Date of this Version
Regression discontinuity designs (RDDs) are the most robust quasi-experimental design, but current statistical models are limited to estimates for the simple causal relationship between only two variables: the independent and dependent variables. In practice, intervening variables (or mediators) are often observed as part of the causal chain. Mediators explain the why and how a treatment or intervention works. Therefore, mediation and RDD analysis combined can be a useful tool in identifying key components or processes that make intervention programs effective while making causal inferences for improving student achievement, despite natural constraints, limitations, and ethical considerations. Without an integrated framework of assumptions for conducting mediation analysis within RDDs, researchers are more susceptible to making incorrect causal inferences. Therefore, this study includes an integrated framework for conducting mediation analysis in RDD to facilitate rigorous causal inferences despite constraints in applied research settings. Secondary data analysis using the Head Start Impact Study (HSIS) compared results between a randomized controlled trial (RCT) and synthetic RD data set. A Monte Carlo simulation study was conducted to determine performance and statistical validity of mediation in RDD under varying conditions.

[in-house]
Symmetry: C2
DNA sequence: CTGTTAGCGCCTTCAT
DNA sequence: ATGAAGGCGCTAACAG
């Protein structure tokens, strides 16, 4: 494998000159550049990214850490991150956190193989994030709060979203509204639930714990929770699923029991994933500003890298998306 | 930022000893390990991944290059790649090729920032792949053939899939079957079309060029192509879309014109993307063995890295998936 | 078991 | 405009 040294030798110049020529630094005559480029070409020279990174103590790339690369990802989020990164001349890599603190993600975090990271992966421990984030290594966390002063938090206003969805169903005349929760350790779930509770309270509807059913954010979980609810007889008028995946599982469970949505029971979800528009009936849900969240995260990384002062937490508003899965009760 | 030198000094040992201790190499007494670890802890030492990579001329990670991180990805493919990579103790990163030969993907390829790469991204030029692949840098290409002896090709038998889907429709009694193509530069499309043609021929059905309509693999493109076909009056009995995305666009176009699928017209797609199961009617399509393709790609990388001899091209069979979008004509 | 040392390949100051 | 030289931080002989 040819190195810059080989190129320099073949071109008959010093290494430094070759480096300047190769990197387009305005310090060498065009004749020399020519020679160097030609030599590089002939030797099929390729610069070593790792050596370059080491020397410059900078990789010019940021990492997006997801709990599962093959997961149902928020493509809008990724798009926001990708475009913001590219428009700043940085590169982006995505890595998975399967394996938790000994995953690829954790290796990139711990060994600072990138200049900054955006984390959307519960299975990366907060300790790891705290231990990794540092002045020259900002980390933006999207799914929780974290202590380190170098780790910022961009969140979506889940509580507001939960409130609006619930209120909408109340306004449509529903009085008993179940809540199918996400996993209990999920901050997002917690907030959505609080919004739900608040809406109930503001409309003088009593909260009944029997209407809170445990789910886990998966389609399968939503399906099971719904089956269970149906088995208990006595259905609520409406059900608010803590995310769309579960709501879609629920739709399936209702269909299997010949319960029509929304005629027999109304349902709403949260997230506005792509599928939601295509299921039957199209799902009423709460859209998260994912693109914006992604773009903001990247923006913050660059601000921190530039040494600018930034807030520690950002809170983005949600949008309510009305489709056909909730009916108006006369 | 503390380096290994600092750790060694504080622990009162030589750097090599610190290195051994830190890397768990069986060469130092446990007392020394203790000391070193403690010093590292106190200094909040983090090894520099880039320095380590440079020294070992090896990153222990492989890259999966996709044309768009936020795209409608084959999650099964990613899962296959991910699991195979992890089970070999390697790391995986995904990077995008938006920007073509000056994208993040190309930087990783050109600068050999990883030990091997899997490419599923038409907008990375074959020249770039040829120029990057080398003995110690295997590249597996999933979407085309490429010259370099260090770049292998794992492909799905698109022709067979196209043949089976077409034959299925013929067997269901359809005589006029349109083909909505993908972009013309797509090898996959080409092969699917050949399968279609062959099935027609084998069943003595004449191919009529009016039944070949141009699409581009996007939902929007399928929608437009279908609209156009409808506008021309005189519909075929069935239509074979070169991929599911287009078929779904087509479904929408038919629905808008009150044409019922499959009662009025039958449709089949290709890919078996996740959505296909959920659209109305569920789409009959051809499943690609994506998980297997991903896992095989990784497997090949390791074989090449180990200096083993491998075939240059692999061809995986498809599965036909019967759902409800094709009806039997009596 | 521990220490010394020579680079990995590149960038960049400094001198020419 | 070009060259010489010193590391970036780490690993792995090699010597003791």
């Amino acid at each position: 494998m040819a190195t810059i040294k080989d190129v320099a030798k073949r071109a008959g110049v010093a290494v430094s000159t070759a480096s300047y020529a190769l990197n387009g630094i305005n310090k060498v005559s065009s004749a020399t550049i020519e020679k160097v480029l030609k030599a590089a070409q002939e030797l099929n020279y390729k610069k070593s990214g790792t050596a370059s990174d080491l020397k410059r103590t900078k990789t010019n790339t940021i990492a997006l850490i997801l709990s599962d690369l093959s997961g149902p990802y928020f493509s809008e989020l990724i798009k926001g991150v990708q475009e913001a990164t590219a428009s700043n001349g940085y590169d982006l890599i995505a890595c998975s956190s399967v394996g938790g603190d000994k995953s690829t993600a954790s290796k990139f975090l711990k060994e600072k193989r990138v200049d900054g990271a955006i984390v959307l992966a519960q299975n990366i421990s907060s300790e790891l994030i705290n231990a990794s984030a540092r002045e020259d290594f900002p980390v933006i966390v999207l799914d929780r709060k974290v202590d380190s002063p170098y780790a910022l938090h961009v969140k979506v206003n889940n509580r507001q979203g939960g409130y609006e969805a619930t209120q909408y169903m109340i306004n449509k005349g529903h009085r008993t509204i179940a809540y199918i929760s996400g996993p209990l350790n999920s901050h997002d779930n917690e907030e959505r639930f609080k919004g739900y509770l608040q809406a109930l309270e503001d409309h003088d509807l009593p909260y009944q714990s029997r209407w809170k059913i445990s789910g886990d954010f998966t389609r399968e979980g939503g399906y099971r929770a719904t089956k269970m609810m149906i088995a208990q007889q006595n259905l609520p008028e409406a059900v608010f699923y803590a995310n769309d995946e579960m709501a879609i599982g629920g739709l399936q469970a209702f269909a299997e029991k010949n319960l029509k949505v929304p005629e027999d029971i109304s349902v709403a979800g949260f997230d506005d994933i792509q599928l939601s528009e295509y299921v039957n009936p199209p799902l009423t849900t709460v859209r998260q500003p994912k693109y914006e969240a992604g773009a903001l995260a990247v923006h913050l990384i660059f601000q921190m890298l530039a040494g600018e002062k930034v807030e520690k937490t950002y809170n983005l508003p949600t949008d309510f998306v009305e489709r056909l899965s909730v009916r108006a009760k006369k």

Two main assumptions necessary for drawing correct causal inferences are the independence assumption and SUTVA. Results from the secondary data analysis showed that RDD estimates are more often smaller than their RCT counterparts. Additionally, 95% confidence intervals (CIs) constructed for RDD estimates made opposite significance conclusions than the RCT estimates. The simulation study revealed that type I error rate and power for all mediation effects were within or reached the robustness criteria, but bias and coverage were more often outside the robustness range. Imbalance provided a more thorough understanding of where the true effect was landing in comparison to the CIs. The findings of this study serve to inform future research practice by providing researchers guidelines for making valid causal inferences under identified conditions and identifying causal mechanisms in programs to increase what is working and reduce ineffective components.
Advisors: James A. Bovaird & Lorey A. Wheeler